Because many of the details of Cdc34 mechanism that were discovered in this work are unique to this particular enzyme, it may be possible for medical scientists to target Cdc34 specifically as a means of developing new cancer therapeutics.
While drug development may be in the future for Cdc34 and the proteins it binds, much more work remains before these findings affect clinical care.
However, that does not diminish the significance of this work, and the excellent example it sets for biomedical researchers.
"This is an excellent example of the power of team science where the overall impact of the work is greater than the sum of the parts as a result of synergistic areas of expertise," explained Olsen. "In this case, Dr. Diehl's team of outstanding cancer biologists extended our structural and biochemical findings into a biological context, a crucial step in potentially translating our work into the clinic."
The content of the research summarized here is solely the responsibility of the authors and does not necessarily represent the official views of the National Institutes of Health.
About the Medical University of South Carolina
Founded in 1824 in Charleston, the Medical University of South Carolina (MUSC) is the oldest medical school in the South, as well as the state's only integrated, academic health sciences center with a unique charge to serve the state through education, research and patient care. Each year, MUSC educates and trains more than 3,000 students and 700 residents in six colleges: Dental Medicine, Graduate Studies, Health Professions, Medicine, Nursing and Pharmacy. The state's leader in obtaining biomedical research funds, in fiscal year 2018, MUSC set a new high, bringing in more than $276.5 million. For information on academic programs, visit http://musc.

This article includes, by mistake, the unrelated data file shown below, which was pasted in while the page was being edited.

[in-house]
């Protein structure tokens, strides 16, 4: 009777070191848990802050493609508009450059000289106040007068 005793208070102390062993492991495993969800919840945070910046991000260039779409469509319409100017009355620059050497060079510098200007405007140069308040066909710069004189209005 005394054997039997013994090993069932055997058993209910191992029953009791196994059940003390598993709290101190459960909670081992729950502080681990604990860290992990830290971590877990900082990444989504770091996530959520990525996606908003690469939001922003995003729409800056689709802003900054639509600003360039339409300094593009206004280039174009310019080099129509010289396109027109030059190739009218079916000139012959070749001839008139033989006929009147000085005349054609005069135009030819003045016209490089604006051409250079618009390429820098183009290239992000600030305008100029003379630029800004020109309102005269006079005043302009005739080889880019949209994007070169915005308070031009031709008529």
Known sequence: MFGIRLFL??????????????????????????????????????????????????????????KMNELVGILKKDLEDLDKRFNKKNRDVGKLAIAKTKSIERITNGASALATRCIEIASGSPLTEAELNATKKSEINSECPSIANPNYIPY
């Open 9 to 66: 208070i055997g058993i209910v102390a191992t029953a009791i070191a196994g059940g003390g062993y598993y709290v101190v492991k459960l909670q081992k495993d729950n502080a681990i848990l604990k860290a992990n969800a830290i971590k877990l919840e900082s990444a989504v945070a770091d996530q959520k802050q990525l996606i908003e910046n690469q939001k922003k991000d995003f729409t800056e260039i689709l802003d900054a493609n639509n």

As the clinical health system of the Medical University of South Carolina, MUSC Health is dedicated to delivering the highest quality patient care available, while training generations of competent, compassionate health care providers to serve the people of South Carolina and beyond. Comprising some 1,600 beds, more than 100 outreach sites, the MUSC College of Medicine, the physicians' practice plan, and nearly 275 telehealth locations, MUSC Health owns and operates eight hospitals situated in Charleston, Chester, Florence, Lancaster and Marion counties. In 2019, for the fifth consecutive year, U.S. News & World Report named MUSC Health the number one hospital in South Carolina. To learn more about clinical patient services, visit http://muschealth.
MUSC and its affiliates have collective annual budgets of $3 billion. The more than 17,000 MUSC team members include world-class faculty, physicians, specialty providers and scientists who deliver groundbreaking education, research, technology and patient care.
About Hollings Cancer Center
The Hollings Cancer Center at the Medical University of South Carolina is a National Cancer Institute-designated cancer center and the largest academic-based cancer research program in South Carolina. The cancer center comprises more than 200 physicians and scientists and 20 academic departments. It has an annual research funding portfolio of more than $40 million and a dedication to reducing the cancer burden in South Carolina. Hollings offers state-of-the-art diagnostic capabilities, therapies and surgical techniques within multidisciplinary clinics that include surgeons, medical oncologists, radiation therapists, radiologists, pathologists, psychologists and other specialists equipped for the full range of cancer care, including more than 200 clinical trials. For more information, visit http://www.